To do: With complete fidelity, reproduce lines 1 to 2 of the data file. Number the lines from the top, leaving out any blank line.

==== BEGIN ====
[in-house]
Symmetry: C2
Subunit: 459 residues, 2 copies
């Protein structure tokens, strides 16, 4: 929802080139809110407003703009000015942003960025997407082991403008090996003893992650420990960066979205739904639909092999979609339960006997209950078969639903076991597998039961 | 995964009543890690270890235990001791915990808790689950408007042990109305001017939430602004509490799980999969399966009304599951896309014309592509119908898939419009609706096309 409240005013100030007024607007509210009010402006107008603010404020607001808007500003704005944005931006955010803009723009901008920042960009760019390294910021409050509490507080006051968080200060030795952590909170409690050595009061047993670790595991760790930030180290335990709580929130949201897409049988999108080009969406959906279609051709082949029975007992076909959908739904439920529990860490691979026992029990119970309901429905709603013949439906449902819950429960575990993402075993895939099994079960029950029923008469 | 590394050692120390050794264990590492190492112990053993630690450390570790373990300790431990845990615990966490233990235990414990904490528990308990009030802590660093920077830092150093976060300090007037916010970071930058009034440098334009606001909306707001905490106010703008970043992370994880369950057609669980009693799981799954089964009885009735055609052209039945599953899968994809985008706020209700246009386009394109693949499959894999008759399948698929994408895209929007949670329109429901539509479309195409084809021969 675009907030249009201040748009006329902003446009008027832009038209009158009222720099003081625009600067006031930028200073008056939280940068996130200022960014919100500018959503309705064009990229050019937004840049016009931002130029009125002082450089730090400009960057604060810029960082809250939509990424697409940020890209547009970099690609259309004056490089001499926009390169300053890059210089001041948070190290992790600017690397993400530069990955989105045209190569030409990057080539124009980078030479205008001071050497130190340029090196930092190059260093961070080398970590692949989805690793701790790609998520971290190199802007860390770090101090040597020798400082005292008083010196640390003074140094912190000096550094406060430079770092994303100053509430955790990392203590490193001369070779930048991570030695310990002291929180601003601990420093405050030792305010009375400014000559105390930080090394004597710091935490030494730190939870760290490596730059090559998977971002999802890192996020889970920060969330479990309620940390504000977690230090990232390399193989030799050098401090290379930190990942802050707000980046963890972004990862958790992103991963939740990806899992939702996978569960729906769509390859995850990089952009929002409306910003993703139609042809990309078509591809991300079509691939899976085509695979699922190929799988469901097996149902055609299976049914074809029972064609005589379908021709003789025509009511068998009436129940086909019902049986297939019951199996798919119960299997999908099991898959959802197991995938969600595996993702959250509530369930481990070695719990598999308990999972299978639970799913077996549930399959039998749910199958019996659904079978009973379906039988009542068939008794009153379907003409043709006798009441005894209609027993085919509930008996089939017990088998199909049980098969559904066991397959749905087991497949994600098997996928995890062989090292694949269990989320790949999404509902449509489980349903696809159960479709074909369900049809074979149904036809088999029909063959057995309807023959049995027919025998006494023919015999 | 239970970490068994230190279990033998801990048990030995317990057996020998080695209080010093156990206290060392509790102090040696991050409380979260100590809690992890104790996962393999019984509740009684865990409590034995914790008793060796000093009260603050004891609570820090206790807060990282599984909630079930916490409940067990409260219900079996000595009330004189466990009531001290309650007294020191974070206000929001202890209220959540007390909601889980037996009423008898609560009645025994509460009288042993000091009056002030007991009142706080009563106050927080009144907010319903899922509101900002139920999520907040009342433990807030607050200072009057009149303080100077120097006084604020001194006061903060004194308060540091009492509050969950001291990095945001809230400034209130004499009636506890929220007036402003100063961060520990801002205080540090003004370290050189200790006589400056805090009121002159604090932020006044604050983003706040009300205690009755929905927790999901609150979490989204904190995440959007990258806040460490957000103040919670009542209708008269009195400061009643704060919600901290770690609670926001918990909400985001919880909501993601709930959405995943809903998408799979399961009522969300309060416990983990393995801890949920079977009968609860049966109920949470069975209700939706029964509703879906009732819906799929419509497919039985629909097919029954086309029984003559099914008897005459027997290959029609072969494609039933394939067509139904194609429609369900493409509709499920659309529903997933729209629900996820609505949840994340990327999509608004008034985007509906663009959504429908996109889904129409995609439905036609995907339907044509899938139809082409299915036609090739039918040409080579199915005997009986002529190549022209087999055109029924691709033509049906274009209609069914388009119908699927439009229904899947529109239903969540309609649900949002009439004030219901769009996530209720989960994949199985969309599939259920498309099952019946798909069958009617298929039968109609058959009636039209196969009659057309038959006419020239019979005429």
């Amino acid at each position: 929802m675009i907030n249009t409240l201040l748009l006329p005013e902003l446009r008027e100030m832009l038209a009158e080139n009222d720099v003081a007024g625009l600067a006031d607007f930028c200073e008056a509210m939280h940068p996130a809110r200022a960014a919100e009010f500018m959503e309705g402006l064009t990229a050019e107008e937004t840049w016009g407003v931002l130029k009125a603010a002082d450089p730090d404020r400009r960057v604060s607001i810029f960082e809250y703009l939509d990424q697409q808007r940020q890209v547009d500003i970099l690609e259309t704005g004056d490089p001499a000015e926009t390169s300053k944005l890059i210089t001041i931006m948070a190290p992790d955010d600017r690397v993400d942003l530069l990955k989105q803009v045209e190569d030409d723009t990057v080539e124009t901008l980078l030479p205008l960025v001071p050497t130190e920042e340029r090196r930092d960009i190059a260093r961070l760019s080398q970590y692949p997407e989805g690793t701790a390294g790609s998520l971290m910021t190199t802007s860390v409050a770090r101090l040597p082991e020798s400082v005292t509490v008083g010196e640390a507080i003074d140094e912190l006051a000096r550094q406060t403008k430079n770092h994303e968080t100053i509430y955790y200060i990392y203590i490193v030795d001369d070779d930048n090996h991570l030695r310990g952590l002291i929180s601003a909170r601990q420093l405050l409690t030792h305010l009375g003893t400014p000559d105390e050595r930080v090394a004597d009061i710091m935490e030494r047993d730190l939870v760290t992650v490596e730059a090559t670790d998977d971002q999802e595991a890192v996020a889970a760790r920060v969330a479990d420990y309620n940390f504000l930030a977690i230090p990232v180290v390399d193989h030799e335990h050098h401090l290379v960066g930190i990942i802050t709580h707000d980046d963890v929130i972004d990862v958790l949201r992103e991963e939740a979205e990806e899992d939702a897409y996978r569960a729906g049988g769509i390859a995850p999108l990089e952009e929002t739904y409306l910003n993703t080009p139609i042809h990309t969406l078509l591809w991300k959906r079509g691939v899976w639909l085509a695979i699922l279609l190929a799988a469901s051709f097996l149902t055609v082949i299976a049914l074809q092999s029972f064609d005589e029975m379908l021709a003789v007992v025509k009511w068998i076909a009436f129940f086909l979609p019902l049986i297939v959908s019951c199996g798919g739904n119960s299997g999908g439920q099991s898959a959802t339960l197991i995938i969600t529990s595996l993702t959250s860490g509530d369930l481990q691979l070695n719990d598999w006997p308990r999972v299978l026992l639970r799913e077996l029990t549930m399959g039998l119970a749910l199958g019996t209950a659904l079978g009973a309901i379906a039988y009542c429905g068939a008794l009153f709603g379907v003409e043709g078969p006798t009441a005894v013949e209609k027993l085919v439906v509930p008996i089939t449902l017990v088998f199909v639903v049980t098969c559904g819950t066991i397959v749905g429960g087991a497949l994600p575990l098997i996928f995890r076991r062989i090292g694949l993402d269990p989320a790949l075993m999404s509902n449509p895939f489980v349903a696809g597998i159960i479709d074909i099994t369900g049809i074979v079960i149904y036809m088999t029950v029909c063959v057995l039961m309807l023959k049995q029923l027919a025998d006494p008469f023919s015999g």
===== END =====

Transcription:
[in-house]
Symmetry: C2